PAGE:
Chinese policies hold back growth

Chinese policies hold back growth

When I first heard a Moody's economist discuss the cooling Chinese economy late last year, it caught my interest but not much. As we have been living with a pandemic for two years, an economic slowdown seems unavoidable, even in the country that has been the world's engine of growth for years.

But recently, the gloomy economic picture in China has become the most talked about topic. Government data showed the economy expanded last year by 8.1%, helped by robust exports and strong Covid recovery. But most of that growth came in the first half, before a series of second-half shocks including regulatory crackdowns, a cascading property market slump and new virus outbreaks that brought tough lockdowns.

According to the National Bureau of Statistics (NBS), growth sank to 4.9% in the third quarter and the 18-month-low of 4% in the fourth quarter. While Chinese exports have been surging, weak domestic consumption has clouded the outlook. Retail sales in December rose just 1.7% from a year earlier, the slowest pace since August 2020.

"At present, the downward pressure on China's economy is still relatively big, and growth of residents' employment and income is restricted," NBS head Ning Jizhe said.

The International Monetary Fund (IMF) forecasts 5.6% GDP expansion for China this year. That's more optimistic than the Goldman Sachs forecast of 4.3%, while the government is expected to set a target of 5%.

Other experts also see dim prospects for growth, as the zero-Covid policy continues to place strict controls on people's movements at the slightest sign of a coronavirus outbreak. Many cities are on high alert ahead of the Lunar New Year travel season, and the Omicron variant has now been reported in Beijing.

China understandably cannot easily shift its pandemic strategy, since doing so would be a major political decision.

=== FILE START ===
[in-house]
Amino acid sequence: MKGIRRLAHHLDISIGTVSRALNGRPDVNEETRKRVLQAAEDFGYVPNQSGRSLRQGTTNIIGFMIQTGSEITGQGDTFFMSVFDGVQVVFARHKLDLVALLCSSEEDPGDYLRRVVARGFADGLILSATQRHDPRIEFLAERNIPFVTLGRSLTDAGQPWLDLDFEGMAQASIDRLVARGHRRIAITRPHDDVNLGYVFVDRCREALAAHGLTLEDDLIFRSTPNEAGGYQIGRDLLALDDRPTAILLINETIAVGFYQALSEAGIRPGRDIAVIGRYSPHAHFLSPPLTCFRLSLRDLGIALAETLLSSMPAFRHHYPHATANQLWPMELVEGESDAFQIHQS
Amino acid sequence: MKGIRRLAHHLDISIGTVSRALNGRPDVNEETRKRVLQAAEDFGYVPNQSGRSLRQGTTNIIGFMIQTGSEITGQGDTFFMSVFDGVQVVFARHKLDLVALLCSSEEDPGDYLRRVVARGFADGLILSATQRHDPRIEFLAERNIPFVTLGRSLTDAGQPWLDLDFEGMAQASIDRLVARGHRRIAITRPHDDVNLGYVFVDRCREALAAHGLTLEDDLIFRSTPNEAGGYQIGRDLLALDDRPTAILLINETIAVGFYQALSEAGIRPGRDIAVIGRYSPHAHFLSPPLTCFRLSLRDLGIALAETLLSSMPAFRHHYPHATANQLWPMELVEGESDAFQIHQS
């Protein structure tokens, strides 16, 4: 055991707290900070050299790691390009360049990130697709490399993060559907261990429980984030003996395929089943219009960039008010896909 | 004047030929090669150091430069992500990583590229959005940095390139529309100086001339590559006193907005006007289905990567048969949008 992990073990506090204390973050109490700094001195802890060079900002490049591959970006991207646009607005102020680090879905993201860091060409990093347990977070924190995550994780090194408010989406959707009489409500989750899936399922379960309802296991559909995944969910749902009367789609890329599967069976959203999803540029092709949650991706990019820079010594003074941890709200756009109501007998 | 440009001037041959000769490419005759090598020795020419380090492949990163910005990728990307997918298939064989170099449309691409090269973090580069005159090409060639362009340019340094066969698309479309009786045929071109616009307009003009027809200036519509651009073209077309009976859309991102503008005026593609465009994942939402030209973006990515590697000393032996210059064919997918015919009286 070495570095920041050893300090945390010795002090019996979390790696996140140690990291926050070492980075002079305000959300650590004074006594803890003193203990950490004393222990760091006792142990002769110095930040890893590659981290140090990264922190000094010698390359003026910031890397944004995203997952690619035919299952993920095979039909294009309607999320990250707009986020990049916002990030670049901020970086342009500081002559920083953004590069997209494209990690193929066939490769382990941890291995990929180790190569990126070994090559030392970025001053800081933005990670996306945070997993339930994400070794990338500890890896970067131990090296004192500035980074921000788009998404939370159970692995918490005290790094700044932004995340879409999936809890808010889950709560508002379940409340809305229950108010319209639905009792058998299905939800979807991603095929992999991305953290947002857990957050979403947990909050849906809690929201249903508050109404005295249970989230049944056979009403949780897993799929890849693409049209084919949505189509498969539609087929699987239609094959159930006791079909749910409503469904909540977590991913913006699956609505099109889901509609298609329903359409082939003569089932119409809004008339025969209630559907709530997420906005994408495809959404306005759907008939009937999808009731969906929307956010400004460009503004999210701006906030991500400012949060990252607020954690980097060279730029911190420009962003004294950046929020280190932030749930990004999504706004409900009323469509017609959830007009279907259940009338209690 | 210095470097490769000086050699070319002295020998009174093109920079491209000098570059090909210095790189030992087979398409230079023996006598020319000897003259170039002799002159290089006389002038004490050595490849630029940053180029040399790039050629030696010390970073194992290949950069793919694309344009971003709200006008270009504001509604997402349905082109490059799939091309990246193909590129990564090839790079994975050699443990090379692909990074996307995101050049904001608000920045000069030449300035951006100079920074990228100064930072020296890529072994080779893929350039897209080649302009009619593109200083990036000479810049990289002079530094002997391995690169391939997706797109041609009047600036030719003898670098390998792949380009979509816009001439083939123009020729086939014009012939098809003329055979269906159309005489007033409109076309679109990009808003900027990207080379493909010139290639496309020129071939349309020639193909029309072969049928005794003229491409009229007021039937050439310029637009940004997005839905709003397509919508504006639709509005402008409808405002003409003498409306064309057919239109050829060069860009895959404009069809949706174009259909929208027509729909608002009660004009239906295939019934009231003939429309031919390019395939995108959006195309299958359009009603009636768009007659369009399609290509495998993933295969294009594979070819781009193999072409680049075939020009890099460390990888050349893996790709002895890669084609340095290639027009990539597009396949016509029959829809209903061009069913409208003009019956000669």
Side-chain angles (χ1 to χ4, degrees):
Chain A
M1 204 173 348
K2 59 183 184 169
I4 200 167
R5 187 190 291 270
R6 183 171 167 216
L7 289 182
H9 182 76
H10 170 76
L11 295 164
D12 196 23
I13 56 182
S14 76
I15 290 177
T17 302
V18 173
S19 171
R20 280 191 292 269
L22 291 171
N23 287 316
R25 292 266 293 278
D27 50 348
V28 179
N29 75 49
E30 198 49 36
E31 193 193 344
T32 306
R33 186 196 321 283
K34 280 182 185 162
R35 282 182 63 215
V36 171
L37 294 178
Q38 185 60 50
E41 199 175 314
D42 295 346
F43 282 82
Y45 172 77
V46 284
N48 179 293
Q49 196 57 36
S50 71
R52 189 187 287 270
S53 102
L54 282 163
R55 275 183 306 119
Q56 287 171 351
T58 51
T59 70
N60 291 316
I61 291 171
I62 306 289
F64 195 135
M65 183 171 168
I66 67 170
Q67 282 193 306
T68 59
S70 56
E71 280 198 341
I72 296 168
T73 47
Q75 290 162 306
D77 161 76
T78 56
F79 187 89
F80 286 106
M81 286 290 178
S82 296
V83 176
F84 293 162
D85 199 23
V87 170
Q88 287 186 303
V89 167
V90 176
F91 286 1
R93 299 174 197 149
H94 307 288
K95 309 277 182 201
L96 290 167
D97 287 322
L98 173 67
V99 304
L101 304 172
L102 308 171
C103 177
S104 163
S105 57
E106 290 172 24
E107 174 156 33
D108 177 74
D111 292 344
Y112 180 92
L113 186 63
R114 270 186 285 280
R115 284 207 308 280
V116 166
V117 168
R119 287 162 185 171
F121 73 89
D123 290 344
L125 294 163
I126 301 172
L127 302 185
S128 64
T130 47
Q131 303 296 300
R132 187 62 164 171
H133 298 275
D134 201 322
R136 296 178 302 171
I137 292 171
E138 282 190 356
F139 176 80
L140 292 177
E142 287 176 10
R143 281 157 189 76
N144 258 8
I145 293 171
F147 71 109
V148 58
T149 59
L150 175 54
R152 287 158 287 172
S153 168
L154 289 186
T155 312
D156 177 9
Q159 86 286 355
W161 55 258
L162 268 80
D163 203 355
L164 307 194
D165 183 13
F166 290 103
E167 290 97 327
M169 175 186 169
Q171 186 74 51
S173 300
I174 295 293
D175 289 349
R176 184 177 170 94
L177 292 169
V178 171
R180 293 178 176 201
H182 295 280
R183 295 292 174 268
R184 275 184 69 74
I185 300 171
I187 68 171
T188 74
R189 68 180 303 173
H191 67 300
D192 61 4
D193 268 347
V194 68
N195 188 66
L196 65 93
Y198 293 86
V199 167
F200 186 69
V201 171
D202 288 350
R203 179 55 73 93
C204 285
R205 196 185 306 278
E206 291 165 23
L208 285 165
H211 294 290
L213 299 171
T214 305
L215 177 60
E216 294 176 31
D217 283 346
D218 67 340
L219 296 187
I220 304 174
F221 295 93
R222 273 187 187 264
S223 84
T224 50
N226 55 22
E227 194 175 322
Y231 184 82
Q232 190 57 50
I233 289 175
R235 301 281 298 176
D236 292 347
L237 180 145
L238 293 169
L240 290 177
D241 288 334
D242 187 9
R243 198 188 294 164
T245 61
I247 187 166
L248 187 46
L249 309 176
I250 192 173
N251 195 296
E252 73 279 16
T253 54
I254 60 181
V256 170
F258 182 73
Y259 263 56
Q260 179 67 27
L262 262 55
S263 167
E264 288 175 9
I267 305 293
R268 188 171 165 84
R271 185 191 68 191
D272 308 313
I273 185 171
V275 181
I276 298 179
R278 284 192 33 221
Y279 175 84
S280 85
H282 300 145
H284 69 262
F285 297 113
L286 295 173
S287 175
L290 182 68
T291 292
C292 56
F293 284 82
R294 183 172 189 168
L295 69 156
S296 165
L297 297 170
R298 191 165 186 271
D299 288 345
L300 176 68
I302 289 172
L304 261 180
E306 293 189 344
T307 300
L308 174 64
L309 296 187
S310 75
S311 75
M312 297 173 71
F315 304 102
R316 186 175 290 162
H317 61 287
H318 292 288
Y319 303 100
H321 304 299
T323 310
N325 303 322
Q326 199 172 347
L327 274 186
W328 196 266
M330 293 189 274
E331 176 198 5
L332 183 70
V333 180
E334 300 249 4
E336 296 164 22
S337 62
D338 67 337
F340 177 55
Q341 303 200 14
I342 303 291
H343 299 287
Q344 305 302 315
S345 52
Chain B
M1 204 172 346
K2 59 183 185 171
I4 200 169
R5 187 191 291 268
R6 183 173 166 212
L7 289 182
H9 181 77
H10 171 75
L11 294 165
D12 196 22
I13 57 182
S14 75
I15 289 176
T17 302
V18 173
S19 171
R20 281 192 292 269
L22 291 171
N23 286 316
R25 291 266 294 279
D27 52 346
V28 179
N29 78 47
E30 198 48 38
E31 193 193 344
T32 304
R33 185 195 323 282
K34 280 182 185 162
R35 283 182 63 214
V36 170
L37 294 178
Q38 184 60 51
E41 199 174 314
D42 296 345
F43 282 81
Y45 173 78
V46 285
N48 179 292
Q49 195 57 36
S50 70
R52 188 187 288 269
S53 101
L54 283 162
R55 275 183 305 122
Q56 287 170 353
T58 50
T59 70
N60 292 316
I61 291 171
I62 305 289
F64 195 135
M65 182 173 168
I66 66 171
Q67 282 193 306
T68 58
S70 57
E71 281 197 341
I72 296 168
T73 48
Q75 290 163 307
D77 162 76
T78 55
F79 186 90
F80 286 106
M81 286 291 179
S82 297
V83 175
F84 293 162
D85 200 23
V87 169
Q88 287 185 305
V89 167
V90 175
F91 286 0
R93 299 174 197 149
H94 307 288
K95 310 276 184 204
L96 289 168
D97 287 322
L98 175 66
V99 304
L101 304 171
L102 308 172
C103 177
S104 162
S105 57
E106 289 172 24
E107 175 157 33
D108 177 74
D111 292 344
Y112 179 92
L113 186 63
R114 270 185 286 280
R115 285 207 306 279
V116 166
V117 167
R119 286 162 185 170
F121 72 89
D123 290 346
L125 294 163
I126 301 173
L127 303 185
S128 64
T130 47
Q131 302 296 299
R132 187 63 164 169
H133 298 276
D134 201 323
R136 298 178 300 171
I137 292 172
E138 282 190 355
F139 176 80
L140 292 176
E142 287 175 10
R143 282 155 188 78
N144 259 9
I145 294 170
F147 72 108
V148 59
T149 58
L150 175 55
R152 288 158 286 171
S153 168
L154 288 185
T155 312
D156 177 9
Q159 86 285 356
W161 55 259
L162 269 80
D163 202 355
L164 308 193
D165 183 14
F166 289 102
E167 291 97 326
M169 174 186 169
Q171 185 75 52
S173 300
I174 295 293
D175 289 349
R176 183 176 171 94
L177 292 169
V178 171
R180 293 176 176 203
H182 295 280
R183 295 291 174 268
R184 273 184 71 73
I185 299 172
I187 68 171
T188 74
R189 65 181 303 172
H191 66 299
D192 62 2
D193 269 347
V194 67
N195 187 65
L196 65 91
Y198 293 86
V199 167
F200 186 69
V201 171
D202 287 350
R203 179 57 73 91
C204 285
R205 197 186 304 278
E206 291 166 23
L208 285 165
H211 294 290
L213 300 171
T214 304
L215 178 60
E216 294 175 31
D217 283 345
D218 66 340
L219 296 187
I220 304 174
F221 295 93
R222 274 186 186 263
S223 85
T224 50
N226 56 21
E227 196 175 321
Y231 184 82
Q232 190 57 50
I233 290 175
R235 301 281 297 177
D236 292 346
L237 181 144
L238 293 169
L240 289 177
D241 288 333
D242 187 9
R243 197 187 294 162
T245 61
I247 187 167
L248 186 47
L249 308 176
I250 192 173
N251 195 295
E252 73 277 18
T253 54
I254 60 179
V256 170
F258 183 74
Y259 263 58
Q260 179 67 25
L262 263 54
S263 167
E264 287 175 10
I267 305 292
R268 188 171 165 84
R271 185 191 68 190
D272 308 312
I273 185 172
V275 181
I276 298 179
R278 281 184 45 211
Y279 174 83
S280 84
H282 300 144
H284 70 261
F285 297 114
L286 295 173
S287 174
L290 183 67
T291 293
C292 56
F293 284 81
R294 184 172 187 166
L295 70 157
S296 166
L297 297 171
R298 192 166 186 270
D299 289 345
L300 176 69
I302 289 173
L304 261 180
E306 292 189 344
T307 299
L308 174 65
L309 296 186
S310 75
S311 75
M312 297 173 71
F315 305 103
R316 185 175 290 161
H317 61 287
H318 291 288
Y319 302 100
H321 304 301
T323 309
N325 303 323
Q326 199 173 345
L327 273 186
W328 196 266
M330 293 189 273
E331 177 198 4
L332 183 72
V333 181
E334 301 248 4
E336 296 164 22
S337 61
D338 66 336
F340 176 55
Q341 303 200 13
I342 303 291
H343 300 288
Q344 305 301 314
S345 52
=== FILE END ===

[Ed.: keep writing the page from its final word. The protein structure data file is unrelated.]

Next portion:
Meanwhile, abrupt government policy moves have caused serious repercussions for the private sector, from big conglomerates down to microbusinesses. They have sent a particular chill through the real estate sector, which continues to face a slump in housing sales, triggering defaults at some heavily indebted companies.

Tech companies such as Alibaba, as well as the video game and education industries, remain under tight state restrictions. A ban on for-profit tutoring in core subjects put countless instructors out of work, contributing to a worsening job market.

Besides the gloomy short-term outlook, longer-term concerns have also emerged. New NBS data showed the birth rate in 2021 dropped faster than expected to a record low of 7.52 per 1,000 people. The population will soon start to shrink, while a rapidly ageing population will drive up social spending.

Another threat to growth is international relations with key trading partners. Besides the simmering trade war with the US, Beijing's ties with the European Union (EU) are also fraying due to growing tensions over human rights and supply chain security. The pandemic may have resulted in booming export growth of 21.2%, but a loss of market share looks possible in the long term as trading partners cut their economic dependence on the mainland.

However, the top Chinese leadership is unlikely to tolerate a sharp downturn that could lead to significant job losses. That could undermine the stability of the current regime as well as have adverse consequences for the global economy.

Economic stability is an urgent priority ahead of the once-every-five-years Communist Party congress this fall. To this end, Beijing should closely examine the state of the stagnating economy and the policies that brought it to this point.

To maintain economic vitality, moves to revive the private sector seem inevitable. An approach that holds back private industry and allows only state-owned enterprises to prosper will lead to a dead end. The easiest solution is to suspend or indefinitely delay policies and regulatory actions that may be perceived as harmful to the business community.

Equally important to regulatory clarity at home in restoring business confidence is improving China's relations with major trading partners. The foreign policy priority should be to soften, or at least not escalate tensions with the US, the EU and Japan.

That could include suspension of provocative activities in the Taiwan Strait and the South China Sea, or suspending prosecution of Hong Kong activists under the China-imposed national security law.

The first quarter is a window of opportunity. As public frustration grows, forward-looking and fine-tuned policies to curb downside risks are critical as uncertainties about China's economic outlook deepen.

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